“I thought it was great that Ernie took that opportunity to throw him out there,” said Walker. “And it was a good thing, whether it was a failure as well or whether he succeeded, to have him out there again and put him in that situation to have that feeling again. It was just a feel-good story all the way around. If you didn’t like that … I had people texting me saying you guys got your asses kicked but what a heart-felt story that was. They all wanted to talk about Adam.”


Rob Zastryzny, the 30-year-old from Edmonton who starts Canada’s first-round finale against Mexico on Wednesday, was on the Chicago Cubs’ post-season roster in 2016 when they won the World Series. 

He says World Baseball Classic games have “similar feelings” around them.

“With Chicago, it was 108 years and there’s a lot of pressure, a lot of external stuff going on. It kind of feels the same way when you’re playing for your country,” he said. “It’s the same game when you go out there, but when you have Canada on your chest or you’re in the playoffs, you just feel like a lot of exterior pressure on you.

“(The Classic) is a very good experience for some of these young guys. We saw it from Mitch (Bratt). Whatever happens, happens, but he’s going to learn so much from that outing. He’s going to learn from so much what he did. You can’t really recreate this kind of emotion or this kind of environment in spring. That was one of the reasons I wanted to come here. I wanted to compete on a big stage with Team Canada across my chest. It’s very rare that you get to do that.”

Zastryzny made six big-league appearances for the Mets and Angels last season and is in camp with the Pittsburgh Pirates on a minor-league deal this spring. During his free agency, he told interested teams that he planned on playing in the Classic and asked how it would work if he signed.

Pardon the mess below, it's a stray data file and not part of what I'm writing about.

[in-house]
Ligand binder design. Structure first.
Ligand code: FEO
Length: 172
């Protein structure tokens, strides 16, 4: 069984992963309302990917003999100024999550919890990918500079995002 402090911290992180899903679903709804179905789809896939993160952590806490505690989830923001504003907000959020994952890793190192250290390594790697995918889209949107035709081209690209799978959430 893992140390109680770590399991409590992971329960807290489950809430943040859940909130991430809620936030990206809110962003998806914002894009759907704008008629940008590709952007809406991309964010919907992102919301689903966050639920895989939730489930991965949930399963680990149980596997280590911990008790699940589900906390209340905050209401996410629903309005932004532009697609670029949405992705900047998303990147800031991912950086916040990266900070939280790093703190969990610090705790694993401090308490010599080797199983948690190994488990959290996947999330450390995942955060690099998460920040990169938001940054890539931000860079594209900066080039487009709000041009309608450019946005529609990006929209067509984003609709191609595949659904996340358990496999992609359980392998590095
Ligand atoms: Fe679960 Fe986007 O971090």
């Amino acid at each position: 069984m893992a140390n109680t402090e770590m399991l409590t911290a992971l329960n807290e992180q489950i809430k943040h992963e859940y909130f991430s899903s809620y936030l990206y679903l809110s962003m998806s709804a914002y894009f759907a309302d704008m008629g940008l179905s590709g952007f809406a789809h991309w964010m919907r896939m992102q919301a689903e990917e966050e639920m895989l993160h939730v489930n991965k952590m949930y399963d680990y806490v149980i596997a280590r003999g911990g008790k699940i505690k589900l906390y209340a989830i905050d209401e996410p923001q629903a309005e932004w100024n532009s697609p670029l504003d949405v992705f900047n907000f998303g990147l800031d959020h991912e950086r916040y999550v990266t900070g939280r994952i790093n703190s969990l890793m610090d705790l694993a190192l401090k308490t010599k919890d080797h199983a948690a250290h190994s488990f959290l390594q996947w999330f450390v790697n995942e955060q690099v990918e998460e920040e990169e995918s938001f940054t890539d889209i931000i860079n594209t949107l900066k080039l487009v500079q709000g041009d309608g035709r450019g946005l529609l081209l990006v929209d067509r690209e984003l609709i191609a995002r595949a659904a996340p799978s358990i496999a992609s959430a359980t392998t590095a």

“As soon as I mentioned that to the Pirates they were more than willing,” said Zastryzny. “They even said the same thing I said earlier, you cannot recreate a big-league environment or playoff environment in March, no matter how seriously you play in spring or how many fans come out to the game or whatever it is. So it’s a good opportunity for them to see me in an environment like this, and it’s a good opportunity for me to show what I’m capable of here.

“But my priorities as soon as I got on the plane to come here, was to pitch for Team Canada and do whatever I could to help us win and go to the next round.”


Props and support for Mitch Bratt, the 19-year-old Texas Rangers prospect who allowed six runs while recording one out against the United States on Monday, came from all over after his outing, including the Americans.

“For the young guy, man, keep pushing. Things happen,” said Tim Anderson. “He faced a tough lineup but he competed. And we competed as well. And we just had the upper hand on him.”

Added Mike Trout: “Everybody in this game is going to go through a rough stretch. It’s how you come out of it. You’ve got to have that mentality to come out of it. I look back and when I first came up, I struggled, but I learned from it. It’s a tough task for a young kid to go out there against our lineup. Get through it. Learn from it. And next time he gets in a situation like that, try to be better.”